The operating licence for the 466-megawatt (MW) Garona nuclear plant in northern Spain expires on July 5. The fate of the plant is now in the hands of Spain's current anti-nuclear government.
The safety thumbs-up from the CSN, however, is seen as a strong indicator that the government, despite pledging to phase out nuclear power in favor of renewables, will extend the life of the plant for another 10 years.
Garona is the oldest nuclear plant in Spain, beginning life in 1971, and is the only one to use a boiling water reactor. Producing about 3,800 megawatt-hours of electricity a year, the facility accounts for approximately 1.4% of Spain's power needs.
The forthcoming decision will have far-reaching implications for the rest of Spain's nuclear industry, with the nation's other seven reactors all needing to obtain new operating permits within the next two years. Nuclear power still accounts for 20% of the country's electricity generation, and a failure by the government to grant Garona's 10-year extension could sound the death knell for Spain's nuclear industry.
"The renewal of the operating permit for Garona would be a reference for the rest of our country's nuclear facilities," said Teresa Domínguez, President of Forum of the Spanish Nuclear Industry. Spain has been anti-nuclear since the mid-1980s and is now one of the strongest generators of renewable energy in Europe.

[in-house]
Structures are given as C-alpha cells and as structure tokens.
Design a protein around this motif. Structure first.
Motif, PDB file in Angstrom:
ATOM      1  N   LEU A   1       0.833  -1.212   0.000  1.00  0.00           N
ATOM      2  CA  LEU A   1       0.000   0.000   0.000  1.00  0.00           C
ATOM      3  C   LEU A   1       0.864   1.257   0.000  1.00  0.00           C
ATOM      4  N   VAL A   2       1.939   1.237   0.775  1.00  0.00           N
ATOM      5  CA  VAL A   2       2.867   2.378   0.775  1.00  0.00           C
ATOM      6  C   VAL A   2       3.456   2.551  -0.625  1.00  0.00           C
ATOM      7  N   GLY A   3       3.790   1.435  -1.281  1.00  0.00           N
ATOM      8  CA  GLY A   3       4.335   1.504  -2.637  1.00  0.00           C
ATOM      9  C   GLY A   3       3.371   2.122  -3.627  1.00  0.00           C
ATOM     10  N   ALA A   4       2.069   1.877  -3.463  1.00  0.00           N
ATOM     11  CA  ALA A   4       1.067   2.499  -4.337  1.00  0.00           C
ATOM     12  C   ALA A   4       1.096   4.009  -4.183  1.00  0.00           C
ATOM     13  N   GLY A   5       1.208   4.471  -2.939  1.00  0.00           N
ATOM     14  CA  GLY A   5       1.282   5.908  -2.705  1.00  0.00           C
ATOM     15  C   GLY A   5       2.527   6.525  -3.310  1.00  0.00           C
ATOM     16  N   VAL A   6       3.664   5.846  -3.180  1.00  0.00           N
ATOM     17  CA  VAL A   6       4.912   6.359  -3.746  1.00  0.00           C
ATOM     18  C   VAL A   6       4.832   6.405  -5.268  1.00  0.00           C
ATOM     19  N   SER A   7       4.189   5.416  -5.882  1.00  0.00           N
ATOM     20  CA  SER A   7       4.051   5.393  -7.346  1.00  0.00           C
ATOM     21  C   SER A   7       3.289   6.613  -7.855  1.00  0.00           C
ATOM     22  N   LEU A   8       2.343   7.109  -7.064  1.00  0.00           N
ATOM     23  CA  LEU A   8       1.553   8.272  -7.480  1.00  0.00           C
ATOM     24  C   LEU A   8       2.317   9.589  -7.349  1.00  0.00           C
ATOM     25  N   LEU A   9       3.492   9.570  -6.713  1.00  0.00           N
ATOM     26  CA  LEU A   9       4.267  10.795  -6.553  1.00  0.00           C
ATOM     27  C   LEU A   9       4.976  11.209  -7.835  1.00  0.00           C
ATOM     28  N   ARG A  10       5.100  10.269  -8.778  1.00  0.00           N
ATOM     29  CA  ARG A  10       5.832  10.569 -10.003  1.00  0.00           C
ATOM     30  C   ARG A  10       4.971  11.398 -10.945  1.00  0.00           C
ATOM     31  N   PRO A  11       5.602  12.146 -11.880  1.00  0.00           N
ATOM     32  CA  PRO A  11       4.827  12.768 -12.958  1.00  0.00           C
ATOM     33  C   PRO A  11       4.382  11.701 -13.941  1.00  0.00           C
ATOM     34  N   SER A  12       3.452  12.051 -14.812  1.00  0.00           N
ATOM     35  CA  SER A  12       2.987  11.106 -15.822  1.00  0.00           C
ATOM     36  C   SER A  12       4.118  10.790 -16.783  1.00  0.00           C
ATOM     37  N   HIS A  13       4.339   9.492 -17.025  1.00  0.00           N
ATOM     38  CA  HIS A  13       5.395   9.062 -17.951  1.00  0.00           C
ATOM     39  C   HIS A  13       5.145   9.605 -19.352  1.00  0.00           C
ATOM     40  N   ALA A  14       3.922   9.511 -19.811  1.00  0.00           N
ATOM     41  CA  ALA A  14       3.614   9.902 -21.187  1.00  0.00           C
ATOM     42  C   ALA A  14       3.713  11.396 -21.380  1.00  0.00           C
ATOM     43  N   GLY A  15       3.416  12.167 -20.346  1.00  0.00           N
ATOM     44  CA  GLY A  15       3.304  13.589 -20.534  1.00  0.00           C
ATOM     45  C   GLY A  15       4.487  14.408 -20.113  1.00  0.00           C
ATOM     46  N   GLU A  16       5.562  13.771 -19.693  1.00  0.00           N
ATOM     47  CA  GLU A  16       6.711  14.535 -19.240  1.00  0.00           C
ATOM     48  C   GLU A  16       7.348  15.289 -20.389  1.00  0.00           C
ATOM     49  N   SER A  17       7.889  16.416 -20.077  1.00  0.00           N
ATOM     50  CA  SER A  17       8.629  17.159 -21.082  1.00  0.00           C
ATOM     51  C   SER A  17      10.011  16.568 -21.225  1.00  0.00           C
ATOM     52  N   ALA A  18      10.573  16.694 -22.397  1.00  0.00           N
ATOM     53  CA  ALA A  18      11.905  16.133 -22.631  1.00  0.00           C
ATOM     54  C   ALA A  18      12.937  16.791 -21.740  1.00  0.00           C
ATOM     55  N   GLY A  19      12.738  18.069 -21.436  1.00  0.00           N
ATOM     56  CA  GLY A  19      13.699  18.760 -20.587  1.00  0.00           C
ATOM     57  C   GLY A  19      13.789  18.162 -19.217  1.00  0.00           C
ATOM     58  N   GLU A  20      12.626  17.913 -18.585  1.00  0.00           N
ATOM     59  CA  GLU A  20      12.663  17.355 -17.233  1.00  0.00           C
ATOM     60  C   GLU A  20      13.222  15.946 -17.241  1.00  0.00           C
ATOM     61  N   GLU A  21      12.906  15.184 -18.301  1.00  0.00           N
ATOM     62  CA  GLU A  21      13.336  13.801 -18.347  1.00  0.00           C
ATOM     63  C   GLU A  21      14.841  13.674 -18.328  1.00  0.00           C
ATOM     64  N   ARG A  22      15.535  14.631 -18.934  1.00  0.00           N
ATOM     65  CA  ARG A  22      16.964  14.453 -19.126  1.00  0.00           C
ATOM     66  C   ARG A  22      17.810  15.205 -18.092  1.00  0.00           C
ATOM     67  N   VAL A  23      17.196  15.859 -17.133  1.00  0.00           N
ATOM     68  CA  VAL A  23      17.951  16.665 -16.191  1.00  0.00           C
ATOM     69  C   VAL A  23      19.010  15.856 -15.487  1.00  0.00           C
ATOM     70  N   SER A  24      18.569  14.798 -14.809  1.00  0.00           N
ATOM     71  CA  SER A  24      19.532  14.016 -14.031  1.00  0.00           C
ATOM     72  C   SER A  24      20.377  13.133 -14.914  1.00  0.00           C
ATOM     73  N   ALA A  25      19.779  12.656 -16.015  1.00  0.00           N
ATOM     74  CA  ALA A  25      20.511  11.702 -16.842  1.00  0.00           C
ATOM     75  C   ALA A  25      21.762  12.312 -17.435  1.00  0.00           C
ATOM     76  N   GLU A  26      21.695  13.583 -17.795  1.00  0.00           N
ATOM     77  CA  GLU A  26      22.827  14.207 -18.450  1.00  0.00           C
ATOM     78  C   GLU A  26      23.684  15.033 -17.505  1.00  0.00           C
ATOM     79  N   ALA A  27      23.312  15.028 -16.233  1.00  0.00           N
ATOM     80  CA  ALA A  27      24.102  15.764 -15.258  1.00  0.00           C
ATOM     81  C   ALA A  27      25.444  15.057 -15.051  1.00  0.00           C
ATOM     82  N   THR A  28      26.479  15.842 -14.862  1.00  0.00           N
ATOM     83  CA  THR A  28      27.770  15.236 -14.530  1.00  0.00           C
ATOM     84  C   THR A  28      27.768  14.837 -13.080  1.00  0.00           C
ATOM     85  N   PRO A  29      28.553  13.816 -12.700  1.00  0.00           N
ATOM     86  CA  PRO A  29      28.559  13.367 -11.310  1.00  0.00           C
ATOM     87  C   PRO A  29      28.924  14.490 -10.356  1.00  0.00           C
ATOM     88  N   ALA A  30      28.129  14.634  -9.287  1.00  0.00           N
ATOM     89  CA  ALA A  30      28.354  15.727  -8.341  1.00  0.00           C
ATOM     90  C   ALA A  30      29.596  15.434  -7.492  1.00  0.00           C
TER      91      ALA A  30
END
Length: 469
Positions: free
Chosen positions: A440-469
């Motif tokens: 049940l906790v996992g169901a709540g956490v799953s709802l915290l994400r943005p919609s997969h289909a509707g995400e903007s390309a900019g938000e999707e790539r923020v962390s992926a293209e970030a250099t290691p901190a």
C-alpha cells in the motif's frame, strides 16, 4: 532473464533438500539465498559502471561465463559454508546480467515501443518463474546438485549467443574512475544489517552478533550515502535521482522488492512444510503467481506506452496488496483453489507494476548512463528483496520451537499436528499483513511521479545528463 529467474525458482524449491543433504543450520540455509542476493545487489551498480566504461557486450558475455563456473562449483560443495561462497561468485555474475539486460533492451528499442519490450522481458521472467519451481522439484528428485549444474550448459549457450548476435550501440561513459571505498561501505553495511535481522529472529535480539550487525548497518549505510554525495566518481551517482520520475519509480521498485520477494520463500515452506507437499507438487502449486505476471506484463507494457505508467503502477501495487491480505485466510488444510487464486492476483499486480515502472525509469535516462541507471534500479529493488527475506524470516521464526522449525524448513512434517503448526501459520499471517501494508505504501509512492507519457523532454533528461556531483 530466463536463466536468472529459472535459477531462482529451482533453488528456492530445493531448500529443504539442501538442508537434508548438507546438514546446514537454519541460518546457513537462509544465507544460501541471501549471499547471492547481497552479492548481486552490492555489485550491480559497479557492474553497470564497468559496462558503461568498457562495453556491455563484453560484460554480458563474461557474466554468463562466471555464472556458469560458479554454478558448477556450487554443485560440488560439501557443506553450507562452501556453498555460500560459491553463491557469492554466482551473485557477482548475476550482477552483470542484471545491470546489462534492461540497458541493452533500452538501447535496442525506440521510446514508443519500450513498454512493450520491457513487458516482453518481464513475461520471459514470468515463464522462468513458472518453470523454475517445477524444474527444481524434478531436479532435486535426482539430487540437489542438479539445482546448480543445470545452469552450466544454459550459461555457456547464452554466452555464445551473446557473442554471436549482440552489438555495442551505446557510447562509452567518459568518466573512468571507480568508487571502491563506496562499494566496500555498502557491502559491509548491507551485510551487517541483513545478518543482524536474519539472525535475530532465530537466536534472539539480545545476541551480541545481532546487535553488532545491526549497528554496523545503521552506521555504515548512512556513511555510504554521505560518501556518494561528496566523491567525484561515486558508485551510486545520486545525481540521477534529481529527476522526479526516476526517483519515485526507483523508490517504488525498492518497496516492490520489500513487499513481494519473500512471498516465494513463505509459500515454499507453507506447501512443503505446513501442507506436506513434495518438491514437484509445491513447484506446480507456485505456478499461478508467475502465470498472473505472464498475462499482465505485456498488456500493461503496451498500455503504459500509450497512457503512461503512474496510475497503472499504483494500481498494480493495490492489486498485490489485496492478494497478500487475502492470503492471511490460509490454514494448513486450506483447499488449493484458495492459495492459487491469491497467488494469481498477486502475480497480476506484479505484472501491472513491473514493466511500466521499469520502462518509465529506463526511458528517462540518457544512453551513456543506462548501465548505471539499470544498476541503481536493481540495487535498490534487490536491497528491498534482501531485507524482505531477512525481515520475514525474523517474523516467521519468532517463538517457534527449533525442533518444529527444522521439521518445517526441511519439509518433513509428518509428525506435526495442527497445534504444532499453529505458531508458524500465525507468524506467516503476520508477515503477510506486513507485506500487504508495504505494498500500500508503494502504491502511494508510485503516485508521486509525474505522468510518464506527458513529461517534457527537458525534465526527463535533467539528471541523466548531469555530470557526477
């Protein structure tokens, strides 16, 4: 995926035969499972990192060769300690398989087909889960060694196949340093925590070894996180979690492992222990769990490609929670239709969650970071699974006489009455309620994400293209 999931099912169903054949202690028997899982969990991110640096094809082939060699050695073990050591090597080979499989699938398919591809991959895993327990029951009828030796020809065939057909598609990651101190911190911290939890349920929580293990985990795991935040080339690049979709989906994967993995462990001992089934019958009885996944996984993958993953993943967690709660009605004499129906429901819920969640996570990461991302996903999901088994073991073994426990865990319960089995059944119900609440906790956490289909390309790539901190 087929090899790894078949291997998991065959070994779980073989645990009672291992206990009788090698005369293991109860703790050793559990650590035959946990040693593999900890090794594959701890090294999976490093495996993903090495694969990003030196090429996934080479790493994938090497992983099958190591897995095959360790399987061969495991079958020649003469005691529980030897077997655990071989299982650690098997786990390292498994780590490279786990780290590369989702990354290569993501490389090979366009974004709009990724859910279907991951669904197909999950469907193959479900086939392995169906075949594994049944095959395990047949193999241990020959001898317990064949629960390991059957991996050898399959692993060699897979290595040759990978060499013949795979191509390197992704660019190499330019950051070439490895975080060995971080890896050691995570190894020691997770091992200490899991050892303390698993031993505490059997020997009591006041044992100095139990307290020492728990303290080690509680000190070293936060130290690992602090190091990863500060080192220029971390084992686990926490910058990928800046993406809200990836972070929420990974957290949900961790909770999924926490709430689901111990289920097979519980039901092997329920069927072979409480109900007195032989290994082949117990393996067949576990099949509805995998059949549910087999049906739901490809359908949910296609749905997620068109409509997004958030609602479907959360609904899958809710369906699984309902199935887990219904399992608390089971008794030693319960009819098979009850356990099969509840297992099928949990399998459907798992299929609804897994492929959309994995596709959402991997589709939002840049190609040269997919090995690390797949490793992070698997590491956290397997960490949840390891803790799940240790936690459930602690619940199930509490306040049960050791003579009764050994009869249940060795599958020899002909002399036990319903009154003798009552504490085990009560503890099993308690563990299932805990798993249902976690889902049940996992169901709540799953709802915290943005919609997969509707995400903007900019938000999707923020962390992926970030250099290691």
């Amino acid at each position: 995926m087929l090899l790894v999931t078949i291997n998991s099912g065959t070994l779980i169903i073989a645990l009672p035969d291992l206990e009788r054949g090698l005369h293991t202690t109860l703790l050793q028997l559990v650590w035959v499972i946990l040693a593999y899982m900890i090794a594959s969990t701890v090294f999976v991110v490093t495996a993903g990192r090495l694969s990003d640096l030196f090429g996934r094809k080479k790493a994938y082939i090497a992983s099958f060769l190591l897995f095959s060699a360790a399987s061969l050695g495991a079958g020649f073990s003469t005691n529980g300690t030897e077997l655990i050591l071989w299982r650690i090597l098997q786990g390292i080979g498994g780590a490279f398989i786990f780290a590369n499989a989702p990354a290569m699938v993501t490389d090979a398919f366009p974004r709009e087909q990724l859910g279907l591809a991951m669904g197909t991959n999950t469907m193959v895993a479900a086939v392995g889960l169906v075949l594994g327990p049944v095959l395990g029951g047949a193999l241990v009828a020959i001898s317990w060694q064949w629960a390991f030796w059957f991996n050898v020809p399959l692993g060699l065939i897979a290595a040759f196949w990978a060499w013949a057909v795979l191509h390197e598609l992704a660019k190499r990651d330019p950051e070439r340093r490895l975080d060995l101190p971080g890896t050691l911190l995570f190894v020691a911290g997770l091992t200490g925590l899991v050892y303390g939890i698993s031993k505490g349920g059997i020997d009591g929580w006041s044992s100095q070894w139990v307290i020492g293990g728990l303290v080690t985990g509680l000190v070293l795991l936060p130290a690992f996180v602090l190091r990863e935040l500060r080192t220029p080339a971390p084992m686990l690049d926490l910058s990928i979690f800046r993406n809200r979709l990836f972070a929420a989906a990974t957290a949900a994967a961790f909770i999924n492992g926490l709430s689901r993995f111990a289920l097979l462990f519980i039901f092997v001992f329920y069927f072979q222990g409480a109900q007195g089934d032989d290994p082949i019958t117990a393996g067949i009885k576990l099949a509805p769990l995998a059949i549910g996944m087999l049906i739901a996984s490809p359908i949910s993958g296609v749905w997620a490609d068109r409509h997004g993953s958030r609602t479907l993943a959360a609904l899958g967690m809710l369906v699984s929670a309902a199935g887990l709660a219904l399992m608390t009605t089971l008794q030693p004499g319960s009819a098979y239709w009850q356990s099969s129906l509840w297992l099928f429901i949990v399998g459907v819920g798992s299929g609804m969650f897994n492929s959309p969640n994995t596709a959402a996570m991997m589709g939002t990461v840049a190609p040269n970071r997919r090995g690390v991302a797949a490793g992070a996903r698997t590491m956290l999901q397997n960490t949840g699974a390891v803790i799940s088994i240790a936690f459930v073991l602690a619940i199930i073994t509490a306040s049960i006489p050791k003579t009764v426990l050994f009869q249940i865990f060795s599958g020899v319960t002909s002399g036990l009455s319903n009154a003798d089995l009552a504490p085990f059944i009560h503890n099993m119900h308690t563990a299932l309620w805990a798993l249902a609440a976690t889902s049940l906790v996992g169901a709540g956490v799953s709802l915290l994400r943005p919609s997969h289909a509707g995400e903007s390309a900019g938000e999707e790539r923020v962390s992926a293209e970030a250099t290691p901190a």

According to CSN's report, "(The Nuclear Safety Council), after six sessions of study devoted to the evaluation, analysis and final assessment of the application for renewal of authorization to operate the nuclear power plant in Santa Maria Garona agreed unanimously to report favourably on this request for a 10-year period."
CSN made numerous recommendations to the owner and operator, Nuclenor, about what the plant will need to do in order to remain in compliance. Nuclenor is a joint venture owned by Endesa SA and Iberdrola SA.
CSN has outlined that before the 2011 refuelling stop, there needs to be a new system installed for treating radioactive gases in the event of an accident. By the 2013 refuelling stop, the organization has recommended improvements to the isolation and containment procedures, testing and monitoring equipment and the increased independence of electrical systems for safety reasons.
Although Spain is a global champion for renewables, the reality is that the country is not yet ready to altogether forgo nuclear power generation.
According to Luis Atienza, chairman of Spain's national grid operator, Red Electrica de Espana, Spain still needs nuclear power in the short term because of the inconsistency of supply from renewable sources such as wind and solar. Speaking at a recent Reuters Global Energy Summit, Atienza said, "We see nuclear as a transitional energy that we cannot spare, because it will guarantee supply and, I hope, finance our objectives in terms of renewables."
Currently, numerous Spanish reactors are offline for refuelling or preventative maintenance.